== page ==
I am on the 99 B-Line listening to The National and thinking, yes, it is true, I am ‘half awake in a fake empire.’ It is grey and raining outside and the scene is smeared by the condensation forming on the windows of the bus, which is becoming increasingly packed as we near the Cambie Street interchange. Five thirty in the afternoon. We, “the people of Vancouver,” are fleeing home, but the mood is damp, not what you’d expect from people who are escaping the clutches of the weekday. We look at each other distantly, sharing only the understanding that while we have reached today’s finish line tomorrow will place another one ahead of us.
I am tired after condensing a gamut of nervous energy into a thirty-minute presentation on a chapter by Elizabeth Povinelli, the formidable Columbian University scholar who incites all sorts of visible reactions from people: raised eyebrows, agitated wriggling, side-wards glances. She is the kind of scholar we all want to be, but pain not to be, as well, and this is perhaps why I prepared the presentation so reluctantly in the midnight hours last night.
Relief touches me briefly thinking that the assignment is over and now I can rest, but I do not let this feeling settle. I am growing tired of the rise and fall of study, the on-loop nervous anticipation and its crashing release; I want long-distance consistency, a steady line. I wonder why it is we do the things we do; why I stay up late labouring over Microsoft Powerpoint critiquing someone else’s critique. Some days I have some answers to proffer but not today. I think of Lauren Berlant’s Cruel Optimism—how we are compelled to work towards “the good life” in the current biopolitical moment—and then I think of the cruel optimism that clearly drove her to write the book.
I smudge out a rough circle of the window fog with my finger—trying not to indulge any O.C.D. tendencies by dwelling on the germs I just acquired—and look through the peep-hole onto the street. I see only pavement and the long yellow line bounding the edge of the road.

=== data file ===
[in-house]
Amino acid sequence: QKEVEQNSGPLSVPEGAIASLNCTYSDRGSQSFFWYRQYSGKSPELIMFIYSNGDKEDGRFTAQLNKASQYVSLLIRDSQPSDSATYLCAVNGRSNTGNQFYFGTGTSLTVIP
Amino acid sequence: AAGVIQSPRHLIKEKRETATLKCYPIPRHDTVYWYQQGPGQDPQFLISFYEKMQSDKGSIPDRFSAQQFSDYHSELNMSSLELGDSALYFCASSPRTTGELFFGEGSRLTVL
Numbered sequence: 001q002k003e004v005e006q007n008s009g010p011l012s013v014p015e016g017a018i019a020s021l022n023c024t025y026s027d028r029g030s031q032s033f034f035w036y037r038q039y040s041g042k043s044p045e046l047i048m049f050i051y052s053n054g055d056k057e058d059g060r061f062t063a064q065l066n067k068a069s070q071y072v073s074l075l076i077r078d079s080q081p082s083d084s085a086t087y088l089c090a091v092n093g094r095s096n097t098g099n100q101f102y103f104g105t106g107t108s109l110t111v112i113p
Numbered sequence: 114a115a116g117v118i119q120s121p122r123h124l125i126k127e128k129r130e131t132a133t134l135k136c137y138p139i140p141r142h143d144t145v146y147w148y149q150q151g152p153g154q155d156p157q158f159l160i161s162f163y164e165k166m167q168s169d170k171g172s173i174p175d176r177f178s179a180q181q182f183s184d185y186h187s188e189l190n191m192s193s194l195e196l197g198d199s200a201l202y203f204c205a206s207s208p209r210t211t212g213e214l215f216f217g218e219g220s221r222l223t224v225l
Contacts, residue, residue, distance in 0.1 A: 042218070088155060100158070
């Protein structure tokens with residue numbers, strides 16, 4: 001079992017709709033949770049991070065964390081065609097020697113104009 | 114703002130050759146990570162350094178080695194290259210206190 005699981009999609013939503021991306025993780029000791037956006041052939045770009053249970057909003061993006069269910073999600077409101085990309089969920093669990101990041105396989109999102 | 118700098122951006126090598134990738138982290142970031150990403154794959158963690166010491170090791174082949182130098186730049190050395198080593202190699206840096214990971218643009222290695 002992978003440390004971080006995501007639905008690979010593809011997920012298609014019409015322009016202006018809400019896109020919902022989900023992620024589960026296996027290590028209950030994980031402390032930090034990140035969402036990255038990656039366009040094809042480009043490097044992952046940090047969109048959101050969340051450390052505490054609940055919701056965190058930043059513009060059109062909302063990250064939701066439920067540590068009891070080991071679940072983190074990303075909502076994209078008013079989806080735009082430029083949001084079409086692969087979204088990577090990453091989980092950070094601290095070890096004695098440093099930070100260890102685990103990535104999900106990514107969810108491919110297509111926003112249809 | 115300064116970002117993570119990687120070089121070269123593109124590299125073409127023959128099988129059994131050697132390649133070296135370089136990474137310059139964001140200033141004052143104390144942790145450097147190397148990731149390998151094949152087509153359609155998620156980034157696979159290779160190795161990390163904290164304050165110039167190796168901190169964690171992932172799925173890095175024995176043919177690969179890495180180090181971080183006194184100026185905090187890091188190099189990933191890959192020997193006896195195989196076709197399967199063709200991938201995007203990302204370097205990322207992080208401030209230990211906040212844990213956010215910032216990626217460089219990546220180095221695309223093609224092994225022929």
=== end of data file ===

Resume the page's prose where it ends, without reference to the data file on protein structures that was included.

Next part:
Two days later I am in Fairhaven, Washington, squinting my eyes in the foreign light of the sun. The skin on my face is shocked but in spite of itself I feel it unfurling its pores. I stumble upon a record store and John Lennon urges me to imagine that there is no heaven – ‘above us only sky.’ When you think about it, I think, the idea of only sky is not necessarily any more motivating than there being no heaven. This could be depressing but since it comes from a Beatle it is not (things from a Beatle are always tinged with happiness and fancy).
I wake up at three am to the sound of blaring ship horns. I could never be sure if it is one horn from one ship or many horns from several, but my night’s mind is certain it is two separate horns from two distinct ships—one coming, one going. The ship leaving the port farewells the town with an ambitious sound, carrying with it—like all ambitions—both dreams and dread. It passes a ship coming into dock, and this latter ship gives it a nod of good luck with its deep echoing horn. There is a moment of silence, and then this homecoming ship signals twice more quickly: a blow of relief and of a “home, sweet home” that only means so much in this moment because of the outgoing ship that it passes.
I drift back to sleep, restful and comforted at last.